Dismiss Notice
Join Physics Forums Today!
The friendliest, high quality science and math community on the planet! Everyone who loves science is here!

General definition of a derivative

  1. Jun 20, 2005 #1
    I was told that the general definition of a derivative is

    [tex]f'(x) = \lim_{\Delta x \rightarrow 0} \frac{\Delta y}{\Delta x}[/tex]
    (supposed to be delta y over delta x, but I can't make the latex work :mad:)

    but why can't it work when [itex]\Delta y \rightarrow 0[/itex]?
     
    Last edited by a moderator: Jun 20, 2005
  2. jcsd
  3. Jun 20, 2005 #2

    dextercioby

    User Avatar
    Science Advisor
    Homework Helper

    Because the function is [itex] y=y(x) [/itex],so it's natural to consider the limit on the "x" (variable's) axis.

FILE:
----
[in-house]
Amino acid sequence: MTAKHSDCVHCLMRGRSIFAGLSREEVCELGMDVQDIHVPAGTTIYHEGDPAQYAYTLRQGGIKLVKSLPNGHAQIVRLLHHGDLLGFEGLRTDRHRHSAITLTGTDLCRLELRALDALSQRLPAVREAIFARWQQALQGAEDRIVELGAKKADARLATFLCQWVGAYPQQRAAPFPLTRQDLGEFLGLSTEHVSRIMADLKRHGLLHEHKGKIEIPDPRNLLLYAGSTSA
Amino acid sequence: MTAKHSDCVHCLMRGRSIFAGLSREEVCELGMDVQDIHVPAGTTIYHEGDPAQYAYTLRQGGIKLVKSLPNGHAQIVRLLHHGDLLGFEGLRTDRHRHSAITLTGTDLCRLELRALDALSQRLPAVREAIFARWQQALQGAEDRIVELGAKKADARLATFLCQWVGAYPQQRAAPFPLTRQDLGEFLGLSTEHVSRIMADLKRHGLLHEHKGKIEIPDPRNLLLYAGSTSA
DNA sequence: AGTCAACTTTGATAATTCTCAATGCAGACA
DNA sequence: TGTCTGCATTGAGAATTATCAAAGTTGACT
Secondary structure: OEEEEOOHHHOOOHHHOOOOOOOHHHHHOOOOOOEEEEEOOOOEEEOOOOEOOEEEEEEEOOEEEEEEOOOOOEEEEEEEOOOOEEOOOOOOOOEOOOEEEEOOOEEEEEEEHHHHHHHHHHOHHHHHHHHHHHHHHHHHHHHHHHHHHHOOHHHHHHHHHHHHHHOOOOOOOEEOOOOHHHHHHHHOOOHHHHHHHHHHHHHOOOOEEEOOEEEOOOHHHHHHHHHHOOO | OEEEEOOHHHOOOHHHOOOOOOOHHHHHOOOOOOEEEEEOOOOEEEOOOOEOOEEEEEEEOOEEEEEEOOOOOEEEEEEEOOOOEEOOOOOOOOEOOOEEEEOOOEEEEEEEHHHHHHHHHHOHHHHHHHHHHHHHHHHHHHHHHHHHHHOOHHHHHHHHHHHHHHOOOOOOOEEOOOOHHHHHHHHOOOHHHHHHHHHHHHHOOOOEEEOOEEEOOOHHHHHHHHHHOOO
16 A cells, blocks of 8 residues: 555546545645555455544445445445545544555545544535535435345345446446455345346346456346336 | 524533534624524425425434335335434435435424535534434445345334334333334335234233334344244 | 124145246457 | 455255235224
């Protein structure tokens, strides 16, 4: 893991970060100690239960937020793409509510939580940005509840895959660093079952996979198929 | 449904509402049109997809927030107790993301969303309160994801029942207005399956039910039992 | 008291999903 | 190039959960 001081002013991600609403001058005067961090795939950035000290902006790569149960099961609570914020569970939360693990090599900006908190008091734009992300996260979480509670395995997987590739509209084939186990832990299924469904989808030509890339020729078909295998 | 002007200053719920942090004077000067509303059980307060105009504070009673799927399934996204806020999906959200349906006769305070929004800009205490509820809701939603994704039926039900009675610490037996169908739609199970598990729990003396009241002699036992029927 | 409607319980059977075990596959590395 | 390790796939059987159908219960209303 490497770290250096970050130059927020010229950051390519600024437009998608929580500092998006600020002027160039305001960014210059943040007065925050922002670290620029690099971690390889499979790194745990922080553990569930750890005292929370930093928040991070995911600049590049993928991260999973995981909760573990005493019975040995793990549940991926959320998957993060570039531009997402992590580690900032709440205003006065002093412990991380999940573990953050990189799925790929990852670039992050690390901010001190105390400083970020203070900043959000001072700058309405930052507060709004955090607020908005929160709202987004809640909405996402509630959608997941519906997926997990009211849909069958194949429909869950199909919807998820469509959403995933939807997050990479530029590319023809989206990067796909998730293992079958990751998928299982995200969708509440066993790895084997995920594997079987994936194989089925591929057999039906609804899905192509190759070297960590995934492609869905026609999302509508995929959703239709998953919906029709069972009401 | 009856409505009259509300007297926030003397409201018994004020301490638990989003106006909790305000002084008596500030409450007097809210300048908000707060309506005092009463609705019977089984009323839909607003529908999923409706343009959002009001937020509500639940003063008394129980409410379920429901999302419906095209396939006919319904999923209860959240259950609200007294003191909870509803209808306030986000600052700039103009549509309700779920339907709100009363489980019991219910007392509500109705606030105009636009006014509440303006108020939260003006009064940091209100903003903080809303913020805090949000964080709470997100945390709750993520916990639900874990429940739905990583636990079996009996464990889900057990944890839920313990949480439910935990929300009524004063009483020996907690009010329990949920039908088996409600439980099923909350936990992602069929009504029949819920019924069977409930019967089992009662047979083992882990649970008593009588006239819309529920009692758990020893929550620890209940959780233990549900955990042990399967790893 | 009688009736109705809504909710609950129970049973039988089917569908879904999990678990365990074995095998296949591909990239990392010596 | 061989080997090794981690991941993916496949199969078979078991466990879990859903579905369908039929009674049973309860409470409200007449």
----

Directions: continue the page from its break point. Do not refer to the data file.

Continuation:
Daniel.
     
  4. Jun 20, 2005 #3
    Oh, alright.

    Another thing, what is f(x) = y or y(x) = y in normal notation? I thought f(x) replaced y, but the fuction y = y doesn't make sense, does it? I mixed up :frown:
     
    Last edited: Jun 20, 2005
  5. Jun 20, 2005 #4

    dextercioby

    User Avatar
    Science Advisor
    Homework Helper

    Abuse of notation,i dunno how much mathematicians do it,but physicists adore it.

    Daniel.
     
Share this great discussion with others via Reddit, Google+, Twitter, or Facebook